It’s hard to underestimate the influence of Peter Jackson’s Return of the King. It was clear form the two films that preceded it that something extraordinary was afoot. But its staggering critical and box office success helped cement our current franchise-heavy cinematic culture (along with the Harry Potter films), as well as finally validating the fantasy genre as an art form. It’s a brilliant film in its own right, and as the years go by it’s increasingly clear just how indelible a part of the canon it (and the previous two films in the trilogy) have become. It opened 15 years ago today in 2003.
This is actually an auspicious date for fantasy movies: Jim Henson’s The Dark Crystal came out on the same day in 1982. Henson always believe that puppets could be used for more than just family entertainment, and this ambitious feature is proof of concept: a stunning tale of an alien world on the brink of a shattering change. Redolent with the Hero’s Journey and demonstrating just how much magic puppets could be in the hands of the master, it became a strange and beautiful high point to Henson’s legendary career.
The other major cinematic milestone that share this release date is Michael Cacoyannis’s exuberant Zorba the Greek, the tale of an anxiety-laden Englishman (Alan Bates), who learns a few things about life from the exuberant title character (Anthony Quinn). It’s the role of Quinn’s life (he lost the Oscar that year to Rex Harrison in yet another what-the-actual-fuck Academy moment) and it remains a grand bit of filmmaking about finding yourself in the eyes of someone different. The film opened today in 1964.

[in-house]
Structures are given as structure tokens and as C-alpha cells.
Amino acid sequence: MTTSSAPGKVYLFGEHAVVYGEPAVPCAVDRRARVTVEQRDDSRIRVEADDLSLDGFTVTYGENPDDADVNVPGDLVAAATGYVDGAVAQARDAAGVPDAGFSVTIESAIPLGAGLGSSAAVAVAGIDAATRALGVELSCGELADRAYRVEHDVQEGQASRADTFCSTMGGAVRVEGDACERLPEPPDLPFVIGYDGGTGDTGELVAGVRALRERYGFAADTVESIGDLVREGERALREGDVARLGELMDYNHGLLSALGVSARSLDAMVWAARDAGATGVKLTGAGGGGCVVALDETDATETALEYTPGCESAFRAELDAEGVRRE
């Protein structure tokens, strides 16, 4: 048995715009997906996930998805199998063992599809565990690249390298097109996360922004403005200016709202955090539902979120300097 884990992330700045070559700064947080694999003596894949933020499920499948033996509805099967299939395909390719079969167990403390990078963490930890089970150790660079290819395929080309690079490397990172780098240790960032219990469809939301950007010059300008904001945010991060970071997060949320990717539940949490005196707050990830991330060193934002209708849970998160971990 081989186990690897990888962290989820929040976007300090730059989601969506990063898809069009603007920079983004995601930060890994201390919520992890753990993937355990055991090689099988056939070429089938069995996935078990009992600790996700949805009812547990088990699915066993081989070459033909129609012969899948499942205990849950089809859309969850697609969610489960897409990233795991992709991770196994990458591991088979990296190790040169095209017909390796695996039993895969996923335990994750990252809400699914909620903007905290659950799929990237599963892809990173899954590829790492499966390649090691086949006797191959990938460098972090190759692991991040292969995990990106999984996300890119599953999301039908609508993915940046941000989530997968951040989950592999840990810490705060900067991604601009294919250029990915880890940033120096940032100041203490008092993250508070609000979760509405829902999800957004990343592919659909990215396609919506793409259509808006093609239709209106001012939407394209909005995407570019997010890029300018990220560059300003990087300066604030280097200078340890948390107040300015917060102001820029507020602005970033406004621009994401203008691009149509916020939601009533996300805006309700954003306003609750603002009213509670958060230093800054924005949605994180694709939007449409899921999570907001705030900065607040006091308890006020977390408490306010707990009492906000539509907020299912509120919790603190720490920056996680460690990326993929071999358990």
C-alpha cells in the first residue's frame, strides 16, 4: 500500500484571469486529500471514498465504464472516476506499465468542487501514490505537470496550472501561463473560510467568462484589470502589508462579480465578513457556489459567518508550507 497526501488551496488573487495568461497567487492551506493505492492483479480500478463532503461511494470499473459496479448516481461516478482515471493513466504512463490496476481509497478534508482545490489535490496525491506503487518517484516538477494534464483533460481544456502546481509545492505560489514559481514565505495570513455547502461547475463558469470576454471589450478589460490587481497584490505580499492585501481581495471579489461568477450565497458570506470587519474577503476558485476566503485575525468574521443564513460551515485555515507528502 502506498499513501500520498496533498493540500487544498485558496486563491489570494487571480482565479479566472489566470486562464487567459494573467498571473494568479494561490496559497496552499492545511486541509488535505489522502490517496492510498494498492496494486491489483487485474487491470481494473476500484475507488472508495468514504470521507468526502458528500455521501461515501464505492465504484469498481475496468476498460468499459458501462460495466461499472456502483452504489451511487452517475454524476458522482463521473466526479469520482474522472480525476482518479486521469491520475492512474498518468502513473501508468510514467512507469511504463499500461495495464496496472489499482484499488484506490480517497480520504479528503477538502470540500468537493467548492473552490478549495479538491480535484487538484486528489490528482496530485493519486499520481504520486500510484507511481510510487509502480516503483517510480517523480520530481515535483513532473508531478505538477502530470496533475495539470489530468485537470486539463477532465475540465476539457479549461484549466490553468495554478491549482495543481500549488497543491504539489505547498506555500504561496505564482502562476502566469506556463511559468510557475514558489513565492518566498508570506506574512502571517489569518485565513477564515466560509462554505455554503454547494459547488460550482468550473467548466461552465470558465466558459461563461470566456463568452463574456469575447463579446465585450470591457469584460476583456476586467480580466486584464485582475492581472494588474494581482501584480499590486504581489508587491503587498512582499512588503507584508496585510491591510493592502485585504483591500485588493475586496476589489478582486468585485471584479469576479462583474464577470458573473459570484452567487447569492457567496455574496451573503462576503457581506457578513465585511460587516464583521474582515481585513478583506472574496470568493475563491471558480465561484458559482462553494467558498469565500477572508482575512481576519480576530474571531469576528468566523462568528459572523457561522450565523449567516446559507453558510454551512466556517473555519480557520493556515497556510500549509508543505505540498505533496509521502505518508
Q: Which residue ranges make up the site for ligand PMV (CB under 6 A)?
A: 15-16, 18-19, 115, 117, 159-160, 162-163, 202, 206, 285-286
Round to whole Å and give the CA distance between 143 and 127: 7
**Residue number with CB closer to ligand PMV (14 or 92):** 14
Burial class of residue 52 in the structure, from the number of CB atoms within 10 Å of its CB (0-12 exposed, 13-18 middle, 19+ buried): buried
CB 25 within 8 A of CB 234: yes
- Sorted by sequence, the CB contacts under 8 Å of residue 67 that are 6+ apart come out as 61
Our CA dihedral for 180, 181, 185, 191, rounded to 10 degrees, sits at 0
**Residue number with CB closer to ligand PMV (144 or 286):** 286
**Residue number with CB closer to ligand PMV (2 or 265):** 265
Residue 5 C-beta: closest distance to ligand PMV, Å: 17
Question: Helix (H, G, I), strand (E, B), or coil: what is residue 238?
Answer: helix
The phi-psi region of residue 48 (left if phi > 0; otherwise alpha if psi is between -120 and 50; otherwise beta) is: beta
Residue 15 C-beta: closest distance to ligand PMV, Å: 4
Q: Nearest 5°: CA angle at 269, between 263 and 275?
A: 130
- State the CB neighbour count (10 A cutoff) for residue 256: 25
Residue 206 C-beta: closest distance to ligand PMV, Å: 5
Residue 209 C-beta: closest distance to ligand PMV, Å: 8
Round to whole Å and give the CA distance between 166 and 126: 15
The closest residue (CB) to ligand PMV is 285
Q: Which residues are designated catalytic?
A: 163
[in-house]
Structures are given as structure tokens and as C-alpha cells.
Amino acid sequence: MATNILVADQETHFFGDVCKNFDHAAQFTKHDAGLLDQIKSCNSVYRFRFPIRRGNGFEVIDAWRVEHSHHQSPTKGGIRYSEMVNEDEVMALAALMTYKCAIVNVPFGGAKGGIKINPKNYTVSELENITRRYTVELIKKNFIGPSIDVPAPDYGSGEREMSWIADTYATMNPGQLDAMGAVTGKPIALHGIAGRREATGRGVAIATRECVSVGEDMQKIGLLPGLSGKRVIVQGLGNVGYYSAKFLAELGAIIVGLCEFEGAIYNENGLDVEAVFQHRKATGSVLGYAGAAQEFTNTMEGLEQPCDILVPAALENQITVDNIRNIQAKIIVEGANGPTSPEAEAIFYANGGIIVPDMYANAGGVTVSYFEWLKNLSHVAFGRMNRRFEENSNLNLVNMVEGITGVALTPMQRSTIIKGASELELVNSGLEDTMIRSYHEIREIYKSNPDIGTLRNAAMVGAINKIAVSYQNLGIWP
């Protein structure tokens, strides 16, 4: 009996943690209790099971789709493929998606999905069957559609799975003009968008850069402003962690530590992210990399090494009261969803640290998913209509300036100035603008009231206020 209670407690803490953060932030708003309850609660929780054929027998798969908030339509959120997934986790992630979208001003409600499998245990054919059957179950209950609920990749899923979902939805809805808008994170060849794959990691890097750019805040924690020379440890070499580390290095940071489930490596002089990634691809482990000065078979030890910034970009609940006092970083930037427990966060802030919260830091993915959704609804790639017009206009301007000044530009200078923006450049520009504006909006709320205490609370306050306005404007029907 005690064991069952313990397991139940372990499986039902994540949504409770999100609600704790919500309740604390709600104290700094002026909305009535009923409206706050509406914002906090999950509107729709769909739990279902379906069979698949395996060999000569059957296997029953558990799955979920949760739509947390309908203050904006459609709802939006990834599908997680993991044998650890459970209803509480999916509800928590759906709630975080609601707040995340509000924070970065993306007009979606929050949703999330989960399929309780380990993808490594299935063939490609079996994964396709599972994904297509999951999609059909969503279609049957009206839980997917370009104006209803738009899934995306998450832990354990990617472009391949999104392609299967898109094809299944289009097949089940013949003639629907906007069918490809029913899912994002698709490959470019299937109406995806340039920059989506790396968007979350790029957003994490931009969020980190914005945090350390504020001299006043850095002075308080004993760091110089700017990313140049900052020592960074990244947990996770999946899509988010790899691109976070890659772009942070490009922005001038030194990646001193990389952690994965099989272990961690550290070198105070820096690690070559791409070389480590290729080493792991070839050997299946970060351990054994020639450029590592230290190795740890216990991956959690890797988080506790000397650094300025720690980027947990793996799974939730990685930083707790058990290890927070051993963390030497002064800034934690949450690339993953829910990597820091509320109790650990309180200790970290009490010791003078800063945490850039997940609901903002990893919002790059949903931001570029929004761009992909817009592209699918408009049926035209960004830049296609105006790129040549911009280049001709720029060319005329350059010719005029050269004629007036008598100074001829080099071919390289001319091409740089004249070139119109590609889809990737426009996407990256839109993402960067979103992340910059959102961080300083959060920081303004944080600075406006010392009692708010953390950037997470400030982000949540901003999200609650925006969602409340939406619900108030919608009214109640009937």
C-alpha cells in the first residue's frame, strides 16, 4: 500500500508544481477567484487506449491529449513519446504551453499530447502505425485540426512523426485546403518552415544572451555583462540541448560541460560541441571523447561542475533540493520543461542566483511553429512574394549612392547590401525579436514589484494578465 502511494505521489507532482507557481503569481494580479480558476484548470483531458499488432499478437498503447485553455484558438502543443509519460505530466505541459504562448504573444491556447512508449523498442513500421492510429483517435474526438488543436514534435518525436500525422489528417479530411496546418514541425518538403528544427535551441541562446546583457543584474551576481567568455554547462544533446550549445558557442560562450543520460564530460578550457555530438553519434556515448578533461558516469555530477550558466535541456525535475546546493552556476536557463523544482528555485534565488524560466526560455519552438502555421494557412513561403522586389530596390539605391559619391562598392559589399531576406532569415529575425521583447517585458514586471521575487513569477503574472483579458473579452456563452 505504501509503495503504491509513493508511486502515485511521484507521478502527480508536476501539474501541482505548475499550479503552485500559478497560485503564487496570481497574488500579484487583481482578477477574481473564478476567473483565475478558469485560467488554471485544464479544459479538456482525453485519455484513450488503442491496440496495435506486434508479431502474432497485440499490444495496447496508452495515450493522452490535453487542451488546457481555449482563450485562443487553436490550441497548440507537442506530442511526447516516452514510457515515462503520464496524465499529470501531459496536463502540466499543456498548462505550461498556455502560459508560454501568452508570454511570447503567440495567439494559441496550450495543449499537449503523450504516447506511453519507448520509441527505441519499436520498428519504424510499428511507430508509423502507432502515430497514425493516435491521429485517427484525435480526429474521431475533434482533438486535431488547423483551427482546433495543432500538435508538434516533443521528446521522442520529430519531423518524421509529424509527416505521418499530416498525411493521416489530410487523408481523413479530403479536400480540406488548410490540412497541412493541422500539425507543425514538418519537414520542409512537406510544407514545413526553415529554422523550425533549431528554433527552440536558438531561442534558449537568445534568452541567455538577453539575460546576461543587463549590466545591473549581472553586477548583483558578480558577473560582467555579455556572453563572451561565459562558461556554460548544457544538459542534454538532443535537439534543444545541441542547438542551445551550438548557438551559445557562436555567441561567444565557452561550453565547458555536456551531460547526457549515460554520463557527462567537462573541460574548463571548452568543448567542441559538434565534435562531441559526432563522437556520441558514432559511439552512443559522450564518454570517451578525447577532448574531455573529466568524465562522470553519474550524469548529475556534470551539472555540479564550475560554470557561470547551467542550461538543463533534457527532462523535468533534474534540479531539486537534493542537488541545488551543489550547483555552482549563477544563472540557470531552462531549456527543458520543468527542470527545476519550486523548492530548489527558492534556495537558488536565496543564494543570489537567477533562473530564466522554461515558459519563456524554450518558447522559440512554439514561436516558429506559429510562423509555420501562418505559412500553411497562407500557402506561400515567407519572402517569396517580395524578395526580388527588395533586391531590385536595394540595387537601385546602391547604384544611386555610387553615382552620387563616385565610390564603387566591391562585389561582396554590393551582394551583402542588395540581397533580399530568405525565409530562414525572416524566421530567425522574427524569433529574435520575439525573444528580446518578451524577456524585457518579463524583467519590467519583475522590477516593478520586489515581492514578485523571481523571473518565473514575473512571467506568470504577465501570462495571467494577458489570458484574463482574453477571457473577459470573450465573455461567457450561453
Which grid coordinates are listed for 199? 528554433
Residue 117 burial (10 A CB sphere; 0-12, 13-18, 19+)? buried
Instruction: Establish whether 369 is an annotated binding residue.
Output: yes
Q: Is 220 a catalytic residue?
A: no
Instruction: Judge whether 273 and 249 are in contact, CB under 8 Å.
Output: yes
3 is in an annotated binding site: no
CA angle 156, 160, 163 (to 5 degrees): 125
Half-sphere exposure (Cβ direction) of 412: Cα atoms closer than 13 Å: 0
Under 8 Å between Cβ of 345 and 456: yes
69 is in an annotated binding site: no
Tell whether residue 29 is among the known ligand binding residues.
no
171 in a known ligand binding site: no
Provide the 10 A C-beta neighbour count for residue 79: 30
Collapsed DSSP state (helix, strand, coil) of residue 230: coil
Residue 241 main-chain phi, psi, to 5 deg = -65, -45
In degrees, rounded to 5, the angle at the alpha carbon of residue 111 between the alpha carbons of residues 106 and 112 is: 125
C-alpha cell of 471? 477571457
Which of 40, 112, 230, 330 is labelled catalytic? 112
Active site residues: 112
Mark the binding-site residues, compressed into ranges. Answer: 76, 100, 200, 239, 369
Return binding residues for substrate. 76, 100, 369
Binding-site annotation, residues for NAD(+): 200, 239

After George Lazenby took a crack at the part, Sean Connery returned to James Bond in Diamonds Are Forever. It’s a uniformly dismal entry. Connery was clearly too old for the part, the villains struggle to find their zing, and the production treats the Las Vegas setting like an extended tourism ad: a complete reversal from the Ian Fleming novel, which likened the city to a wild and dangerous gangster’s paradise. But Bond is Bond, and it remains an integral part of 007’s legacy. it opened today in 1971.
Dino De Laurentiis’s promised the moon when he attempted to remake King Kong in the mid 70s. Cheesy effects and a ramshackle plot doomed it from the beginning, though it holds a certain cheesy charm even in its worst moment. (Charles Grodin is off the chain.) It also features the film debut of Jessica Lange in the role that Fay Wray made famous, and there if nowhere else, the film finds something special. It opened today in 1976
And we’re going to save a little bit at the end here for TRON Legacy, the long-delayed sequel to the cult classic original. It underperformed and is not widely loved, but I maintain that it’s a severely underrated bit of popcorn well worth a second look. It opened today in 2010.